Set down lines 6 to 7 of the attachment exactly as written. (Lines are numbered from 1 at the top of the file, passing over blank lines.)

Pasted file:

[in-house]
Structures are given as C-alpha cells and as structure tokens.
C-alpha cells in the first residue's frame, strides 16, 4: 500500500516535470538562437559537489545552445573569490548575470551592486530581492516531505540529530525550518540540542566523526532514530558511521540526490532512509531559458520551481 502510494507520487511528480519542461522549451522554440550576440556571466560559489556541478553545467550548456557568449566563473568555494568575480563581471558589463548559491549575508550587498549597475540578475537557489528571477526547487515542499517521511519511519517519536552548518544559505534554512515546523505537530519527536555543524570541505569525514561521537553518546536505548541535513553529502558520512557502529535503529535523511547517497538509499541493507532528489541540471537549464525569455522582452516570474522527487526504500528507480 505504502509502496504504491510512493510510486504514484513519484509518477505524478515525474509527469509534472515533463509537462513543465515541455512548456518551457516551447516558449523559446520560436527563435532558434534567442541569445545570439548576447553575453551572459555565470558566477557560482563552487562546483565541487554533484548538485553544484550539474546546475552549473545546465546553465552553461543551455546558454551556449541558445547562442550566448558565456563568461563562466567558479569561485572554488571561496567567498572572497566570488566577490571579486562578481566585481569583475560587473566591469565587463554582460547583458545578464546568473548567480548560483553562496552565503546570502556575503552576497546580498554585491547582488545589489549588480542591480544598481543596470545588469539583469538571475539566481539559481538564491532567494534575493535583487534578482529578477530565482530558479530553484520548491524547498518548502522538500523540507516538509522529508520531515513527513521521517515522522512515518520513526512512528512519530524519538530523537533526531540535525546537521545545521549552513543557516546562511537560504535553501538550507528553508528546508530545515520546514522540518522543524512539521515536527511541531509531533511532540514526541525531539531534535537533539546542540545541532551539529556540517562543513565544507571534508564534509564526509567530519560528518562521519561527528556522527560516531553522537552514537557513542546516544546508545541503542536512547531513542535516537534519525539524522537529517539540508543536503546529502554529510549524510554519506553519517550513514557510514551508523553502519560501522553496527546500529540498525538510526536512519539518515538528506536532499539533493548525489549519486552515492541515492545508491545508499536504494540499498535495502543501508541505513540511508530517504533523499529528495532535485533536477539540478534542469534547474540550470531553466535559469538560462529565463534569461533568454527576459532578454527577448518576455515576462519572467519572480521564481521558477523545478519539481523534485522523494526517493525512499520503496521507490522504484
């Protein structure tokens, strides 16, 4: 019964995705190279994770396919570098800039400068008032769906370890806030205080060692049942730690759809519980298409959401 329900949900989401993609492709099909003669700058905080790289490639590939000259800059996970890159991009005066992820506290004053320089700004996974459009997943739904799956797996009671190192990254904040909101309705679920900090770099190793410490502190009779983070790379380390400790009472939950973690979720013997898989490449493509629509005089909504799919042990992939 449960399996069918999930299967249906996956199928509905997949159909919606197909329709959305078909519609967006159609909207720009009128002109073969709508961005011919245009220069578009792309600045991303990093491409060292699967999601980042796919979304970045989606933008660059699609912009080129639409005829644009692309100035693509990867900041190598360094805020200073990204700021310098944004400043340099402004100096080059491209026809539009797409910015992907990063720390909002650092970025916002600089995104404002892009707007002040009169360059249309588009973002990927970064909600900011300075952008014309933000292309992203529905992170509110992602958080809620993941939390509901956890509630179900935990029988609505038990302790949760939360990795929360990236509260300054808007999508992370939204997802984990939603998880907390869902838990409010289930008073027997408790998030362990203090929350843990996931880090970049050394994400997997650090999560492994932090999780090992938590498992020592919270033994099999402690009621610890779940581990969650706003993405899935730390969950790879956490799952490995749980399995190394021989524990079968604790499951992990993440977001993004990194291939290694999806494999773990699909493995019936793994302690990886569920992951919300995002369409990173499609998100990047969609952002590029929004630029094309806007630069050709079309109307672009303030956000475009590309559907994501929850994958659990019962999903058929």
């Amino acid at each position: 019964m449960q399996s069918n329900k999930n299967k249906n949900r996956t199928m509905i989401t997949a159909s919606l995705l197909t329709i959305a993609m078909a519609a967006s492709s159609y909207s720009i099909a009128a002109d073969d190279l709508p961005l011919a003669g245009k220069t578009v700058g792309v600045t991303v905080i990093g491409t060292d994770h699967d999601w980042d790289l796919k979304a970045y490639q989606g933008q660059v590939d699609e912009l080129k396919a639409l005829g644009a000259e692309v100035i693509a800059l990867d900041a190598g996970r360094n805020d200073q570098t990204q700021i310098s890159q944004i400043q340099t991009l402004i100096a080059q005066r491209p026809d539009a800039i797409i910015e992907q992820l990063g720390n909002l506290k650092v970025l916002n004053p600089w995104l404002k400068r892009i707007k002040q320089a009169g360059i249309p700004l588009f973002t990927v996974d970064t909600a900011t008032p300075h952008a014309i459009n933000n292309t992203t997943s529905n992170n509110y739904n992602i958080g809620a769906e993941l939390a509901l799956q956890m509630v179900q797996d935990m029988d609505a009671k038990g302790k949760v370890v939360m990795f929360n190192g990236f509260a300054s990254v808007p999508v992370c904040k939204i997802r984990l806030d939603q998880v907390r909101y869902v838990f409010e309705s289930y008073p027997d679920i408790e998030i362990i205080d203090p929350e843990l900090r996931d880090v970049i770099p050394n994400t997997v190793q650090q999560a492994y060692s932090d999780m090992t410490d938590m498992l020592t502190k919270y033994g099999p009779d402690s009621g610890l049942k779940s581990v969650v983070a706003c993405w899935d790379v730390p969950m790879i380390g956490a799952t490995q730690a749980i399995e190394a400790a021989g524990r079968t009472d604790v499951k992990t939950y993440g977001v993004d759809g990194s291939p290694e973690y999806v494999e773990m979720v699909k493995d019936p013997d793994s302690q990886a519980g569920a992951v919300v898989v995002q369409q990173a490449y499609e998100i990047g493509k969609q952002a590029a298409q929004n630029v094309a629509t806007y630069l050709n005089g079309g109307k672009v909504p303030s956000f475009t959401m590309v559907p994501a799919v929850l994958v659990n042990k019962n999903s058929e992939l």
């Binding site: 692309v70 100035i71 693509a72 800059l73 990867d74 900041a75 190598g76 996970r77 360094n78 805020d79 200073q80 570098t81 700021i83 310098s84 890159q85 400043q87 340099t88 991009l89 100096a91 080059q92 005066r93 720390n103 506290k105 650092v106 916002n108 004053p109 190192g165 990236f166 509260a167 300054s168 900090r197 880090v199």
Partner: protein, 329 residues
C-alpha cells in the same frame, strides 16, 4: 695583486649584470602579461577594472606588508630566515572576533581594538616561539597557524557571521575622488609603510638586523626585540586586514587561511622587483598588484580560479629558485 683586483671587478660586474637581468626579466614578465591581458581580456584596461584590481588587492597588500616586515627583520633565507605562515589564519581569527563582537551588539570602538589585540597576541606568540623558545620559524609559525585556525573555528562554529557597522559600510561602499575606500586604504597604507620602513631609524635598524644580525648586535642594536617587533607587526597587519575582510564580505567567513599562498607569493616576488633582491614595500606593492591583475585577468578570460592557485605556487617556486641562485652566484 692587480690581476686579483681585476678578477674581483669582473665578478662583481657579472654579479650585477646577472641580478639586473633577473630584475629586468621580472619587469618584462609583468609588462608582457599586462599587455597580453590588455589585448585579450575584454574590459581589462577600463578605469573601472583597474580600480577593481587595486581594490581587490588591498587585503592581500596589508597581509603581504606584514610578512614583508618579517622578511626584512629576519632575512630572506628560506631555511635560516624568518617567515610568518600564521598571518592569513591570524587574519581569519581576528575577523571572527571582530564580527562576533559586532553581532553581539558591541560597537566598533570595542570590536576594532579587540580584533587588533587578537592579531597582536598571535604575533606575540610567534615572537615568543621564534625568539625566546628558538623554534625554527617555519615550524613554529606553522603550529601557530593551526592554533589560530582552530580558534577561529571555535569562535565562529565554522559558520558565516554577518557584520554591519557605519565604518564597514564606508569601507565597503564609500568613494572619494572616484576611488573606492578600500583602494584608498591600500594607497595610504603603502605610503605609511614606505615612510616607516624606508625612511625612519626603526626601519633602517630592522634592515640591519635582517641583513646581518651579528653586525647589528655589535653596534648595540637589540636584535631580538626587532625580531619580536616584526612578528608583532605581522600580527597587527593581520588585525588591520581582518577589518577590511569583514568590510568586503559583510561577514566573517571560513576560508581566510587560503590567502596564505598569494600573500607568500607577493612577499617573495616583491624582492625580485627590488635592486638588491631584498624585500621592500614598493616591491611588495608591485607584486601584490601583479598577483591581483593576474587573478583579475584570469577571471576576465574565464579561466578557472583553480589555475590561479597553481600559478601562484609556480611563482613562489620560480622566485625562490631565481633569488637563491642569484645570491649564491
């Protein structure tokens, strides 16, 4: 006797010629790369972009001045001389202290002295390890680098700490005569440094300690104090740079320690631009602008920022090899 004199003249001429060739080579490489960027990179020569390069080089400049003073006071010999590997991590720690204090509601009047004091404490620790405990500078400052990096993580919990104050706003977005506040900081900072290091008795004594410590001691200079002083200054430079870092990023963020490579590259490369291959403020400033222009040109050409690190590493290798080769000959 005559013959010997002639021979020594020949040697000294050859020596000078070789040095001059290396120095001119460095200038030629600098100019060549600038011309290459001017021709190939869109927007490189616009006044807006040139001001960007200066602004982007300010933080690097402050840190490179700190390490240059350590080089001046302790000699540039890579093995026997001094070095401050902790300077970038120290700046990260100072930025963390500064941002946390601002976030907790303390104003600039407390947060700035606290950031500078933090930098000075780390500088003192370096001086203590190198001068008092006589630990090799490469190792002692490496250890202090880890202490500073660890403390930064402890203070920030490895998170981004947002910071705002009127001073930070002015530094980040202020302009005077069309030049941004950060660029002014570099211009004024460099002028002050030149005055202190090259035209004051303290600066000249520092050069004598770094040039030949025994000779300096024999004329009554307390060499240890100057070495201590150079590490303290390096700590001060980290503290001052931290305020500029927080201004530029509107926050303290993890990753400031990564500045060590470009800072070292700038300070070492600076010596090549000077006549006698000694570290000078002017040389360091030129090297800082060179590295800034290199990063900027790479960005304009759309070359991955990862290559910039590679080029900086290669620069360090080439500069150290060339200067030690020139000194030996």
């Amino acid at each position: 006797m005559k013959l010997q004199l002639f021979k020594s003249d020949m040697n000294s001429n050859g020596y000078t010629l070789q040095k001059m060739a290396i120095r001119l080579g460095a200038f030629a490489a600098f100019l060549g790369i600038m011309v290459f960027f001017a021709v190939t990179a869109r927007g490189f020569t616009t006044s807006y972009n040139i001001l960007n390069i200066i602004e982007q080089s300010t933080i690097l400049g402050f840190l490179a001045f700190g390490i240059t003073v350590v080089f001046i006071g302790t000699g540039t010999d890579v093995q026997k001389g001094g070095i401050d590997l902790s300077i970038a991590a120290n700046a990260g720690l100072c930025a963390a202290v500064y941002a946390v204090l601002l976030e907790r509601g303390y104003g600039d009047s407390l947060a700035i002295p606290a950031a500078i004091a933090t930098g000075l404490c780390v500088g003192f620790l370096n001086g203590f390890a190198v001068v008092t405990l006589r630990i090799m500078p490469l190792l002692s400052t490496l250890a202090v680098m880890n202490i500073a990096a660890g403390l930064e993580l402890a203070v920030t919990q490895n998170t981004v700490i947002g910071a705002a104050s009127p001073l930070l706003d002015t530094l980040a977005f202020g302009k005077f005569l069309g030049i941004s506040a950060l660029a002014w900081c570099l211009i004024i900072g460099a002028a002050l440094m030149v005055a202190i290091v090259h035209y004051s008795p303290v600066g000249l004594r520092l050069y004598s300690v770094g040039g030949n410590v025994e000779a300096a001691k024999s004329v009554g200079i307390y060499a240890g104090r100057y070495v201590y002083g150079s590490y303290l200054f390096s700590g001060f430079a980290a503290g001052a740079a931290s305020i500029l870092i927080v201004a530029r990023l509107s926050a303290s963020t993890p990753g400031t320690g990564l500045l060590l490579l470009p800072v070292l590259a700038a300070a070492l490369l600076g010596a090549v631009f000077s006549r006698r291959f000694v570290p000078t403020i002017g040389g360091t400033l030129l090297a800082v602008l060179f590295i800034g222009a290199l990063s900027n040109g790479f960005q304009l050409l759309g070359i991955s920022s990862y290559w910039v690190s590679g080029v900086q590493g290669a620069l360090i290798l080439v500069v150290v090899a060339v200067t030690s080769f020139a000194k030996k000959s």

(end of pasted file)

């Binding site: 692309v70 100035i71 693509a72 800059l73 990867d74 900041a75 190598g76 996970r77 360094n78 805020d79 200073q80 570098t81 700021i83 310098s84 890159q85 400043q87 340099t88 991009l89 100096a91 080059q92 005066r93 720390n103 506290k105 650092v106 916002n108 004053p109 190192g165 990236f166 509260a167 300054s168 900090r197 880090v199």
Partner: protein, 329 residues